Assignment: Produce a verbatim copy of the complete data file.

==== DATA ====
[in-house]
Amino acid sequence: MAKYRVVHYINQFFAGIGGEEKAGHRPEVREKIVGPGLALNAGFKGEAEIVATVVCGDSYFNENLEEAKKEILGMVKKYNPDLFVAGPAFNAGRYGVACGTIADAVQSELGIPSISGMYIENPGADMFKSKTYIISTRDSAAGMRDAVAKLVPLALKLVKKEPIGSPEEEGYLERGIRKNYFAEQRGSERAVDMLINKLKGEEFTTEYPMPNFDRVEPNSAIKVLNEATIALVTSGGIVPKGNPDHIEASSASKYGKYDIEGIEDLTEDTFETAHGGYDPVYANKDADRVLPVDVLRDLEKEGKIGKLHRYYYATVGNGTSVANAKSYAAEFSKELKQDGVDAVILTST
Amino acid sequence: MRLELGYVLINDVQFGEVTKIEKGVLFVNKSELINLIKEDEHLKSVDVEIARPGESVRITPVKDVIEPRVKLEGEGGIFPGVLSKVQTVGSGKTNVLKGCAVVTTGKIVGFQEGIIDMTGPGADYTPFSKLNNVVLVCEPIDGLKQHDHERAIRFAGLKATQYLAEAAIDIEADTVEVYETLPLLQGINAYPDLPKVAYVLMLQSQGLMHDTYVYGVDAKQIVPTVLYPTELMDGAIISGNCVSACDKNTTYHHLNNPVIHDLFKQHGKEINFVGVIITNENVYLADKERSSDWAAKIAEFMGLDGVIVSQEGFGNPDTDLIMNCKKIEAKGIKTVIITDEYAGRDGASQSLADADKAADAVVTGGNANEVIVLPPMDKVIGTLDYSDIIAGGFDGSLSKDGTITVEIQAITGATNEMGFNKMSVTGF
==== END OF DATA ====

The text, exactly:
[in-house]
Amino acid sequence: MAKYRVVHYINQFFAGIGGEEKAGHRPEVREKIVGPGLALNAGFKGEAEIVATVVCGDSYFNENLEEAKKEILGMVKKYNPDLFVAGPAFNAGRYGVACGTIADAVQSELGIPSISGMYIENPGADMFKSKTYIISTRDSAAGMRDAVAKLVPLALKLVKKEPIGSPEEEGYLERGIRKNYFAEQRGSERAVDMLINKLKGEEFTTEYPMPNFDRVEPNSAIKVLNEATIALVTSGGIVPKGNPDHIEASSASKYGKYDIEGIEDLTEDTFETAHGGYDPVYANKDADRVLPVDVLRDLEKEGKIGKLHRYYYATVGNGTSVANAKSYAAEFSKELKQDGVDAVILTST
Amino acid sequence: MRLELGYVLINDVQFGEVTKIEKGVLFVNKSELINLIKEDEHLKSVDVEIARPGESVRITPVKDVIEPRVKLEGEGGIFPGVLSKVQTVGSGKTNVLKGCAVVTTGKIVGFQEGIIDMTGPGADYTPFSKLNNVVLVCEPIDGLKQHDHERAIRFAGLKATQYLAEAAIDIEADTVEVYETLPLLQGINAYPDLPKVAYVLMLQSQGLMHDTYVYGVDAKQIVPTVLYPTELMDGAIISGNCVSACDKNTTYHHLNNPVIHDLFKQHGKEINFVGVIITNENVYLADKERSSDWAAKIAEFMGLDGVIVSQEGFGNPDTDLIMNCKKIEAKGIKTVIITDEYAGRDGASQSLADADKAADAVVTGGNANEVIVLPPMDKVIGTLDYSDIIAGGFDGSLSKDGTITVEIQAITGATNEMGFNKMSVTGF